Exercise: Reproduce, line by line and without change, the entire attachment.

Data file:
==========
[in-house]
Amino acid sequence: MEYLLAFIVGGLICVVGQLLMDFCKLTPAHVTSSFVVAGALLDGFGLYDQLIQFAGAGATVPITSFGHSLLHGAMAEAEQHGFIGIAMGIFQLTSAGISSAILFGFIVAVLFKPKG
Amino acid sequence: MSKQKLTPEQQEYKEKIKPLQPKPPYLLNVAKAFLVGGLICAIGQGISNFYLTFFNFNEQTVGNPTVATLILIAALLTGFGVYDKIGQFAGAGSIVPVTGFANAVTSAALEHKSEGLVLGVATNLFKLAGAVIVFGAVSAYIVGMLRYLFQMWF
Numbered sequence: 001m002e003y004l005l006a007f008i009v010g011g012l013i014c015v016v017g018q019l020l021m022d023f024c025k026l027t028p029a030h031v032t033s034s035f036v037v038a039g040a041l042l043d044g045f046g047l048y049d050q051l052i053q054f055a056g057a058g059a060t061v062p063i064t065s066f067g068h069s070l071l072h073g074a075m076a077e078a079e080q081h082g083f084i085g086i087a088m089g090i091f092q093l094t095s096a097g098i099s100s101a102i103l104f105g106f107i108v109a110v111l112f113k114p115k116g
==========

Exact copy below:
[in-house]
Amino acid sequence: MEYLLAFIVGGLICVVGQLLMDFCKLTPAHVTSSFVVAGALLDGFGLYDQLIQFAGAGATVPITSFGHSLLHGAMAEAEQHGFIGIAMGIFQLTSAGISSAILFGFIVAVLFKPKG
Amino acid sequence: MSKQKLTPEQQEYKEKIKPLQPKPPYLLNVAKAFLVGGLICAIGQGISNFYLTFFNFNEQTVGNPTVATLILIAALLTGFGVYDKIGQFAGAGSIVPVTGFANAVTSAALEHKSEGLVLGVATNLFKLAGAVIVFGAVSAYIVGMLRYLFQMWF
Numbered sequence: 001m002e003y004l005l006a007f008i009v010g011g012l013i014c015v016v017g018q019l020l021m022d023f024c025k026l027t028p029a030h031v032t033s034s035f036v037v038a039g040a041l042l043d044g045f046g047l048y049d050q051l052i053q054f055a056g057a058g059a060t061v062p063i064t065s066f067g068h069s070l071l072h073g074a075m076a077e078a079e080q081h082g083f084i085g086i087a088m089g090i091f092q093l094t095s096a097g098i099s100s101a102i103l104f105g106f107i108v109a110v111l112f113k114p115k116g